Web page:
On Leadership

“A leader is someone you’d follow to a place that you wouldn’t go to by yourself.”

I’ve attended a lot of seminars and meetings lately, where the subject of “teaching leadership” comes up. Maybe, that’s because the corporate world is sadly coming to the realization of how few real leaders it has. Maybe, it’s because people are finally realizing that most people “look good, rather than do good”, as my father once put it, and with disastrous results to the organizations that they are purported to lead. I have found in my more than thirty-seven years in the business world that real, true leadership is a quality that is sorely lacking in most human endeavors. People typically confuse the terms “leadership” and management”. You “manage” things–but, you “lead” people.

I don’t think that leadership can be taught. It can only be nurtured in those who already have a proclivity toward it. If, as a child, you were taught by your parents and teachers to be mean, ruthless, selfish, uncaring, hateful, unethical and to always look out for No. 1 first (or, worse yet, neglected by your parents and teachers, and learned those things from others), then you will never be a real leader, no matter how many courses, seminars and training programs you sit through. The tragic and dirty little secret in business is that there are many, many people like this out in the business world, who managed to get themselves into so-called “leadership” positions (and you who are reading this know who you are).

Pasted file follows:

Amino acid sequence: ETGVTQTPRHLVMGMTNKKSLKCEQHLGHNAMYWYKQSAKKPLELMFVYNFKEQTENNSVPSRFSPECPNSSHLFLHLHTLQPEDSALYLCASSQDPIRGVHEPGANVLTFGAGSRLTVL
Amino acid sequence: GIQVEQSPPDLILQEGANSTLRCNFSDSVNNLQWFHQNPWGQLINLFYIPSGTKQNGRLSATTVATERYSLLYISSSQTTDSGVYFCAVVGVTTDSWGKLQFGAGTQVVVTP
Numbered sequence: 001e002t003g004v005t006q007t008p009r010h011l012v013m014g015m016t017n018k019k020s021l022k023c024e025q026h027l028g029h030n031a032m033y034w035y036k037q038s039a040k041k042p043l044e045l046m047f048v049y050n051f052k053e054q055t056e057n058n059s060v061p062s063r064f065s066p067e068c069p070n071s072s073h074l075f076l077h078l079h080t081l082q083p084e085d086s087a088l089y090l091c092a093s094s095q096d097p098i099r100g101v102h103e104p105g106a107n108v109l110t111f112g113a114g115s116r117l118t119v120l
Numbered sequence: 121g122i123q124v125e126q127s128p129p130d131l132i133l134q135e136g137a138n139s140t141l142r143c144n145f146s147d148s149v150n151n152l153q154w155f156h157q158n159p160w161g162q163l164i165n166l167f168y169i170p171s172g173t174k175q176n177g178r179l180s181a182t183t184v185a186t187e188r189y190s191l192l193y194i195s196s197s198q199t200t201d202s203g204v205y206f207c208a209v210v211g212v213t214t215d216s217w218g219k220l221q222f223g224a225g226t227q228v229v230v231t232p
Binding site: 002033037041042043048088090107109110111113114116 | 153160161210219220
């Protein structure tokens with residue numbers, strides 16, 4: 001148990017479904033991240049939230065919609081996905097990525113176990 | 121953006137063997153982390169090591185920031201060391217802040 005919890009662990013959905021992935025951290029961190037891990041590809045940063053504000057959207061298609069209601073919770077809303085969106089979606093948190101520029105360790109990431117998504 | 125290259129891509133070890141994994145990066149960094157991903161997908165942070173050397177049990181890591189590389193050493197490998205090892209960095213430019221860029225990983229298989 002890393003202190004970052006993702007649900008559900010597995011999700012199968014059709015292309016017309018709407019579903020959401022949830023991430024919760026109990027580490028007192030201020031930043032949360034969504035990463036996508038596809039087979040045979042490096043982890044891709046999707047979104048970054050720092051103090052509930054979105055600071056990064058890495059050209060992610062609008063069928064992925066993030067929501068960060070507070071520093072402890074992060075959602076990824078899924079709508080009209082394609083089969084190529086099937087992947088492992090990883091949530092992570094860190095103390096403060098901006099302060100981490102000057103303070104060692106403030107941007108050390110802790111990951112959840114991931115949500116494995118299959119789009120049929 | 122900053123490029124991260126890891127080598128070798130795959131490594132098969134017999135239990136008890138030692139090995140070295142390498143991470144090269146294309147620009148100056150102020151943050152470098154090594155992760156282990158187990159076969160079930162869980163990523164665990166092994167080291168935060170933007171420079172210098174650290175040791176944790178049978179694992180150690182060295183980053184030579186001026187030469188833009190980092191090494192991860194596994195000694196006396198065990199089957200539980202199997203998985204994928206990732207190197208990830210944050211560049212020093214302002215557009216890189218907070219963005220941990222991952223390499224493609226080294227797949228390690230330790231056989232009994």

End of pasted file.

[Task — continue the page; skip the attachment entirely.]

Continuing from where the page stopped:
People will do what they say because they HAVE to, in order to preserve their jobs, rather than WANT to–to support that person and the mission of the organization. Big difference.

But, if as a child, you were taught to put the interests of other people ahead of your own, to develop a “sense of self” that enables you to see the needs and wants of others–and fulfill them, to inspire people with your enthusiasm, your intelligence, your humor, your commitment to both their interests and the mission that needs to be accomplished, then you probably have the proclivity toward true leadership, and can develop those leadership talents by observing and working along with others who possess them.

There are many other qualities that true leadership requires–integrity, decisiveness, good judgment, the ability to form a vision and execute it, confidence in your own competence,  etc. But, without the ability to be selfless, to put the needs and wants of others before your own, you will never get people to “follow you to a place where they wouldn’t go to by themselves.”

That is why most people fail in leadership positions, I think, or can’t do it at all.

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